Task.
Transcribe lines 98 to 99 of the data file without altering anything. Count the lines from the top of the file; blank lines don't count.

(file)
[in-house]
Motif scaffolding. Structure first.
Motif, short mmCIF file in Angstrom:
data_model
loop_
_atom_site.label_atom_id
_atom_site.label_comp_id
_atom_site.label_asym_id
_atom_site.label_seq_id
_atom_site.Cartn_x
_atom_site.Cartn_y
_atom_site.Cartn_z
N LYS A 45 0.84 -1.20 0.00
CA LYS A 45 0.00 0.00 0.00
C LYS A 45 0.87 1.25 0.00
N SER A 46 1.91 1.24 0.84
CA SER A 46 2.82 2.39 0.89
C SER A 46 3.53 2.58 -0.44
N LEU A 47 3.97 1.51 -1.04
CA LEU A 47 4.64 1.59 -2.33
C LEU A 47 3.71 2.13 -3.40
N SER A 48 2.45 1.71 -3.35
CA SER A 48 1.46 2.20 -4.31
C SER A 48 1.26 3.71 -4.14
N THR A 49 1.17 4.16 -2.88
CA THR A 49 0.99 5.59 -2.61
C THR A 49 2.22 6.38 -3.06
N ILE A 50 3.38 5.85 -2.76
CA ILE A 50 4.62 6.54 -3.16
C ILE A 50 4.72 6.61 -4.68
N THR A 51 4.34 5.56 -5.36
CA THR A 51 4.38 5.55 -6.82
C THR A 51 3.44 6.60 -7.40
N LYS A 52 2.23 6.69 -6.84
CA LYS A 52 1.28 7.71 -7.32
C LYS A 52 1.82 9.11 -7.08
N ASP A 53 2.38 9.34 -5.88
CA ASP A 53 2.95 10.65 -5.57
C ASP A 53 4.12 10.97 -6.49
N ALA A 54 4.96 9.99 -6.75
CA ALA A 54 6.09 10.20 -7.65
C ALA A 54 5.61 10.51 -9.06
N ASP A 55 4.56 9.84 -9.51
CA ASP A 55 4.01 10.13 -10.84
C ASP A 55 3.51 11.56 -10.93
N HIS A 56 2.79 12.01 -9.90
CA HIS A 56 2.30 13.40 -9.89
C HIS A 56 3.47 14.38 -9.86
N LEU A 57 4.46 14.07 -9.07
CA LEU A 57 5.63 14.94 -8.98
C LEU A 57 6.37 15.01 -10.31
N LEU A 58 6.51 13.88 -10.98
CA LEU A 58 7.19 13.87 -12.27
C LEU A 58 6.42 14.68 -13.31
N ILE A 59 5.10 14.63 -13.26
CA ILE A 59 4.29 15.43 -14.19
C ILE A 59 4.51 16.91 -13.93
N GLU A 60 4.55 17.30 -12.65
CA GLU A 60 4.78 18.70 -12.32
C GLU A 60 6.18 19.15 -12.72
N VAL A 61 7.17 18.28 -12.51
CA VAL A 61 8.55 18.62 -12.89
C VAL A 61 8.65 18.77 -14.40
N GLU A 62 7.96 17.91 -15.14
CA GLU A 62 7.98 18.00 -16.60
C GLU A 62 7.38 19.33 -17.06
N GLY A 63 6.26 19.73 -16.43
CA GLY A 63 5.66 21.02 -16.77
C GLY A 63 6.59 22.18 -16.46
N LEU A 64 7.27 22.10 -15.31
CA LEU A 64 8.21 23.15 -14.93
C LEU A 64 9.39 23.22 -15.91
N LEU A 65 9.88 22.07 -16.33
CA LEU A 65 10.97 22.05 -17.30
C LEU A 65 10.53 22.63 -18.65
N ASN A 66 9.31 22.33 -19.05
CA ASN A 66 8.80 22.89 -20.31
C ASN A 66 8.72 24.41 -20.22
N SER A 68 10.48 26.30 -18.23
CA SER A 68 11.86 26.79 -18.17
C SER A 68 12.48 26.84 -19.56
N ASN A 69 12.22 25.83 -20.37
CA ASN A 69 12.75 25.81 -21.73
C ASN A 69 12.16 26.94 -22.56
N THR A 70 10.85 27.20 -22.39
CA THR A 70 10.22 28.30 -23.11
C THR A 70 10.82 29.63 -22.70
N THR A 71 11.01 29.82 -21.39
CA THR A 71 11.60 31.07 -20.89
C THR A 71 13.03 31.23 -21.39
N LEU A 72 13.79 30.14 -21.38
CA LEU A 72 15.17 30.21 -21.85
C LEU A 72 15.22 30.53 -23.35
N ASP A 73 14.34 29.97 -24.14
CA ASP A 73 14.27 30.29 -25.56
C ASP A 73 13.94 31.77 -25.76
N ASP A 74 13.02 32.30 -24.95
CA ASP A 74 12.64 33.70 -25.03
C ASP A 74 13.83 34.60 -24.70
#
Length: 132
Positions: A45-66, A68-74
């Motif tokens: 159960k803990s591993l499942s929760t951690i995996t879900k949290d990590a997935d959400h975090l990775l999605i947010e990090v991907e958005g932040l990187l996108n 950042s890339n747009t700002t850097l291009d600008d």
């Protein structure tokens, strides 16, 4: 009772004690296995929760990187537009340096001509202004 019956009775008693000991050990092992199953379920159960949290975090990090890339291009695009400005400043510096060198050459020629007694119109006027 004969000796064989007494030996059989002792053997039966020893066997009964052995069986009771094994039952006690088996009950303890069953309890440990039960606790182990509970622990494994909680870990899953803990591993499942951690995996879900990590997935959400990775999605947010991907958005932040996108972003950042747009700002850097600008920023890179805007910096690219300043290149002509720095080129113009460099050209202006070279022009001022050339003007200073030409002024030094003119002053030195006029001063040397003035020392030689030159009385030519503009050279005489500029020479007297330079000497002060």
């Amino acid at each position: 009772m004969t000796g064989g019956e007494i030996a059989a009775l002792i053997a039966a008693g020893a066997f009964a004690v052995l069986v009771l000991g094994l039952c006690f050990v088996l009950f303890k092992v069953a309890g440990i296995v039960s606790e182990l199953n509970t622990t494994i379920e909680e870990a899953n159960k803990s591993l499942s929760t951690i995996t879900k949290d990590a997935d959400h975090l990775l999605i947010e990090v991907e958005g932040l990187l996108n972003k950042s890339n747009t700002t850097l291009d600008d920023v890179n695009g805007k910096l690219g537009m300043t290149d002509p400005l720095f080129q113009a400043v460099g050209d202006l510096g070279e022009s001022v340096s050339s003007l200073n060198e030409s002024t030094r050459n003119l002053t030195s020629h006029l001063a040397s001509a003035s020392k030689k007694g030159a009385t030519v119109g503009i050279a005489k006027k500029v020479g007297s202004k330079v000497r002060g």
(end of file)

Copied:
CA ASP A 74 12.64 33.70 -25.03
C ASP A 74 13.83 34.60 -24.70